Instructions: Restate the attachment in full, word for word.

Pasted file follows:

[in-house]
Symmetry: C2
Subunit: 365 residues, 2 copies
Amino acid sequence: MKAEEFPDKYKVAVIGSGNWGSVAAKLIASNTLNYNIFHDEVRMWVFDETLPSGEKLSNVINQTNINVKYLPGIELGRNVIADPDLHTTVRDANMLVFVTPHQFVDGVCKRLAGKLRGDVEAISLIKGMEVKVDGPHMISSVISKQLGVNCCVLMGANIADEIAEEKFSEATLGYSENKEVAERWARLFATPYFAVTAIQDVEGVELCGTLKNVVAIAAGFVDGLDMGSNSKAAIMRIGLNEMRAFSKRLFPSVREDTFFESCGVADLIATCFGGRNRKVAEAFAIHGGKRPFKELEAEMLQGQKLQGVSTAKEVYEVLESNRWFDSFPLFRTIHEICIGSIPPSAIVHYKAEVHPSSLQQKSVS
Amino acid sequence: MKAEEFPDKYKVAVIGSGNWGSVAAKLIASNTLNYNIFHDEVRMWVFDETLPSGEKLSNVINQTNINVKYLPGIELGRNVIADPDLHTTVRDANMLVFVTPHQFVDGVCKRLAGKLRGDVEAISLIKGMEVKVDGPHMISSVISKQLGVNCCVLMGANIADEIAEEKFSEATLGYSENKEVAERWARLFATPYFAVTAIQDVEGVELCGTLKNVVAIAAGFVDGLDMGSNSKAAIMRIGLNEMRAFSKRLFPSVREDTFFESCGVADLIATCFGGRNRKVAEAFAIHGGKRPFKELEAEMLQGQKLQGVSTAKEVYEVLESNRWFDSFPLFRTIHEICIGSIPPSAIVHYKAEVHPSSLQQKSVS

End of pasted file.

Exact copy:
[in-house]
Symmetry: C2
Subunit: 365 residues, 2 copies
Amino acid sequence: MKAEEFPDKYKVAVIGSGNWGSVAAKLIASNTLNYNIFHDEVRMWVFDETLPSGEKLSNVINQTNINVKYLPGIELGRNVIADPDLHTTVRDANMLVFVTPHQFVDGVCKRLAGKLRGDVEAISLIKGMEVKVDGPHMISSVISKQLGVNCCVLMGANIADEIAEEKFSEATLGYSENKEVAERWARLFATPYFAVTAIQDVEGVELCGTLKNVVAIAAGFVDGLDMGSNSKAAIMRIGLNEMRAFSKRLFPSVREDTFFESCGVADLIATCFGGRNRKVAEAFAIHGGKRPFKELEAEMLQGQKLQGVSTAKEVYEVLESNRWFDSFPLFRTIHEICIGSIPPSAIVHYKAEVHPSSLQQKSVS
Amino acid sequence: MKAEEFPDKYKVAVIGSGNWGSVAAKLIASNTLNYNIFHDEVRMWVFDETLPSGEKLSNVINQTNINVKYLPGIELGRNVIADPDLHTTVRDANMLVFVTPHQFVDGVCKRLAGKLRGDVEAISLIKGMEVKVDGPHMISSVISKQLGVNCCVLMGANIADEIAEEKFSEATLGYSENKEVAERWARLFATPYFAVTAIQDVEGVELCGTLKNVVAIAAGFVDGLDMGSNSKAAIMRIGLNEMRAFSKRLFPSVREDTFFESCGVADLIATCFGGRNRKVAEAFAIHGGKRPFKELEAEMLQGQKLQGVSTAKEVYEVLESNRWFDSFPLFRTIHEICIGSIPPSAIVHYKAEVHPSSLQQKSVS